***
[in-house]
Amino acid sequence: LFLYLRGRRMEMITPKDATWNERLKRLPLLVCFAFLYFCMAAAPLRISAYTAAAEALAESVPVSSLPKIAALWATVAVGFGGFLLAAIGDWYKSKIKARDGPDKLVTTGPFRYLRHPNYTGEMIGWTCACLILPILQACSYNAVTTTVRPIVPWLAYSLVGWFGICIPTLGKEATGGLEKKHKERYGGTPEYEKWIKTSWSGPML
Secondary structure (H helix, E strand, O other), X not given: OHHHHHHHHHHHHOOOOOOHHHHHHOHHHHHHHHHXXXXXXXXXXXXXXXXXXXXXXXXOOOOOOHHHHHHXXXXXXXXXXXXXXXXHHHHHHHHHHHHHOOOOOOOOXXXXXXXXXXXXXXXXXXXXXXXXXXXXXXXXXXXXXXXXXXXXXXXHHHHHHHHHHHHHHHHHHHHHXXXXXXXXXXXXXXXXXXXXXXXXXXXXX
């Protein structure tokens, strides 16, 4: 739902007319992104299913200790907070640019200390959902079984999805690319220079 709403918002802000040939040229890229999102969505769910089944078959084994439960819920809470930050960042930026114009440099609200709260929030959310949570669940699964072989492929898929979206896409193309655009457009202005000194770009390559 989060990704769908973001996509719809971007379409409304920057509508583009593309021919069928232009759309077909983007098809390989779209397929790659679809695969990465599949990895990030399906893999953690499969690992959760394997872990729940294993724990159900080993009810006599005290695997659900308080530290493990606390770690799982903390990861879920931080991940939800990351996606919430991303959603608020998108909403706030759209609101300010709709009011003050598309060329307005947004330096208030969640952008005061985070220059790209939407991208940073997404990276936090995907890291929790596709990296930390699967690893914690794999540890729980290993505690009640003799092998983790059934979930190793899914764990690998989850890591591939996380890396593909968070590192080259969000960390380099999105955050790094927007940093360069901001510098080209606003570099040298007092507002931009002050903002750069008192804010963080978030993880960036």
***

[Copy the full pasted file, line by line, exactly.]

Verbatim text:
[in-house]
Amino acid sequence: LFLYLRGRRMEMITPKDATWNERLKRLPLLVCFAFLYFCMAAAPLRISAYTAAAEALAESVPVSSLPKIAALWATVAVGFGGFLLAAIGDWYKSKIKARDGPDKLVTTGPFRYLRHPNYTGEMIGWTCACLILPILQACSYNAVTTTVRPIVPWLAYSLVGWFGICIPTLGKEATGGLEKKHKERYGGTPEYEKWIKTSWSGPML
Secondary structure (H helix, E strand, O other), X not given: OHHHHHHHHHHHHOOOOOOHHHHHHOHHHHHHHHHXXXXXXXXXXXXXXXXXXXXXXXXOOOOOOHHHHHHXXXXXXXXXXXXXXXXHHHHHHHHHHHHHOOOOOOOOXXXXXXXXXXXXXXXXXXXXXXXXXXXXXXXXXXXXXXXXXXXXXXXHHHHHHHHHHHHHHHHHHHHHXXXXXXXXXXXXXXXXXXXXXXXXXXXXX
């Protein structure tokens, strides 16, 4: 739902007319992104299913200790907070640019200390959902079984999805690319220079 709403918002802000040939040229890229999102969505769910089944078959084994439960819920809470930050960042930026114009440099609200709260929030959310949570669940699964072989492929898929979206896409193309655009457009202005000194770009390559 989060990704769908973001996509719809971007379409409304920057509508583009593309021919069928232009759309077909983007098809390989779209397929790659679809695969990465599949990895990030399906893999953690499969690992959760394997872990729940294993724990159900080993009810006599005290695997659900308080530290493990606390770690799982903390990861879920931080991940939800990351996606919430991303959603608020998108909403706030759209609101300010709709009011003050598309060329307005947004330096208030969640952008005061985070220059790209939407991208940073997404990276936090995907890291929790596709990296930390699967690893914690794999540890729980290993505690009640003799092998983790059934979930190793899914764990690998989850890591591939996380890396593909968070590192080259969000960390380099999105955050790094927007940093360069901001510098080209606003570099040298007092507002931009002050903002750069008192804010963080978030993880960036």